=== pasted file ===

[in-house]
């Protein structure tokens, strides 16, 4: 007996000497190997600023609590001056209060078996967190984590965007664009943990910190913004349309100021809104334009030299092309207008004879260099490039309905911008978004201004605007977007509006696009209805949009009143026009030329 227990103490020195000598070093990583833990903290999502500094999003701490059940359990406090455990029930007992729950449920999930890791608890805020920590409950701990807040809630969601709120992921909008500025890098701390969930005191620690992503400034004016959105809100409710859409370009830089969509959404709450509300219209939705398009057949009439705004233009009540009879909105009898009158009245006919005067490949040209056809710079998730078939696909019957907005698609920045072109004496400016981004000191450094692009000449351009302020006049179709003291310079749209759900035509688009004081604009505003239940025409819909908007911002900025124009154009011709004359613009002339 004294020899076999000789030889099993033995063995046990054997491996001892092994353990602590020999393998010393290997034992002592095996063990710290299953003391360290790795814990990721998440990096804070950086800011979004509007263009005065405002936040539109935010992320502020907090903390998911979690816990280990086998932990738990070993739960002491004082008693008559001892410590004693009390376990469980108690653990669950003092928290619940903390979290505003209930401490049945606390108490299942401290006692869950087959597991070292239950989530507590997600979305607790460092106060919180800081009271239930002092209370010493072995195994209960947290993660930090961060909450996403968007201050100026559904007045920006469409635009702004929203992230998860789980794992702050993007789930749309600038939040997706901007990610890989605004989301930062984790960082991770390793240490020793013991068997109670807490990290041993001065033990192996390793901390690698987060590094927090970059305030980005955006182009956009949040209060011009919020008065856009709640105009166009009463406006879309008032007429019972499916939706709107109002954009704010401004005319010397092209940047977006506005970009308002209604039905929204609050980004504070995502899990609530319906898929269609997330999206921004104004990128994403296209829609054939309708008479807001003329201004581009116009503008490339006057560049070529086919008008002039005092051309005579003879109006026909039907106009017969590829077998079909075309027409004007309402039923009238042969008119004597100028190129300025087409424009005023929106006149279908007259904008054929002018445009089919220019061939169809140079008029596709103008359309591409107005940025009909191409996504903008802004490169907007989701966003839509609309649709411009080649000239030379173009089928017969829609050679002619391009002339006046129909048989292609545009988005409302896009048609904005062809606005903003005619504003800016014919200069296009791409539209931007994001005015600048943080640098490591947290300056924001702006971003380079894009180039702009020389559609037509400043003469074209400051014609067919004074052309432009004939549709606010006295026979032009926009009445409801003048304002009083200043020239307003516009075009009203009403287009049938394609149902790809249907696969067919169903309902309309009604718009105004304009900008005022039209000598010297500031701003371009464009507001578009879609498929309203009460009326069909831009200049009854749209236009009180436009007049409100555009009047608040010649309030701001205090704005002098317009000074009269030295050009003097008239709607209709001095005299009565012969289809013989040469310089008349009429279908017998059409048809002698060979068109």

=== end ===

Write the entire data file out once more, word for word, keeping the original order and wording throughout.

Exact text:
[in-house]
């Protein structure tokens, strides 16, 4: 007996000497190997600023609590001056209060078996967190984590965007664009943990910190913004349309100021809104334009030299092309207008004879260099490039309905911008978004201004605007977007509006696009209805949009009143026009030329 227990103490020195000598070093990583833990903290999502500094999003701490059940359990406090455990029930007992729950449920999930890791608890805020920590409950701990807040809630969601709120992921909008500025890098701390969930005191620690992503400034004016959105809100409710859409370009830089969509959404709450509300219209939705398009057949009439705004233009009540009879909105009898009158009245006919005067490949040209056809710079998730078939696909019957907005698609920045072109004496400016981004000191450094692009000449351009302020006049179709003291310079749209759900035509688009004081604009505003239940025409819909908007911002900025124009154009011709004359613009002339 004294020899076999000789030889099993033995063995046990054997491996001892092994353990602590020999393998010393290997034992002592095996063990710290299953003391360290790795814990990721998440990096804070950086800011979004509007263009005065405002936040539109935010992320502020907090903390998911979690816990280990086998932990738990070993739960002491004082008693008559001892410590004693009390376990469980108690653990669950003092928290619940903390979290505003209930401490049945606390108490299942401290006692869950087959597991070292239950989530507590997600979305607790460092106060919180800081009271239930002092209370010493072995195994209960947290993660930090961060909450996403968007201050100026559904007045920006469409635009702004929203992230998860789980794992702050993007789930749309600038939040997706901007990610890989605004989301930062984790960082991770390793240490020793013991068997109670807490990290041993001065033990192996390793901390690698987060590094927090970059305030980005955006182009956009949040209060011009919020008065856009709640105009166009009463406006879309008032007429019972499916939706709107109002954009704010401004005319010397092209940047977006506005970009308002209604039905929204609050980004504070995502899990609530319906898929269609997330999206921004104004990128994403296209829609054939309708008479807001003329201004581009116009503008490339006057560049070529086919008008002039005092051309005579003879109006026909039907106009017969590829077998079909075309027409004007309402039923009238042969008119004597100028190129300025087409424009005023929106006149279908007259904008054929002018445009089919220019061939169809140079008029596709103008359309591409107005940025009909191409996504903008802004490169907007989701966003839509609309649709411009080649000239030379173009089928017969829609050679002619391009002339006046129909048989292609545009988005409302896009048609904005062809606005903003005619504003800016014919200069296009791409539209931007994001005015600048943080640098490591947290300056924001702006971003380079894009180039702009020389559609037509400043003469074209400051014609067919004074052309432009004939549709606010006295026979032009926009009445409801003048304002009083200043020239307003516009075009009203009403287009049938394609149902790809249907696969067919169903309902309309009604718009105004304009900008005022039209000598010297500031701003371009464009507001578009879609498929309203009460009326069909831009200049009854749209236009009180436009007049409100555009009047608040010649309030701001205090704005002098317009000074009269030295050009003097008239709607209709001095005299009565012969289809013989040469310089008349009429279908017998059409048809002698060979068109």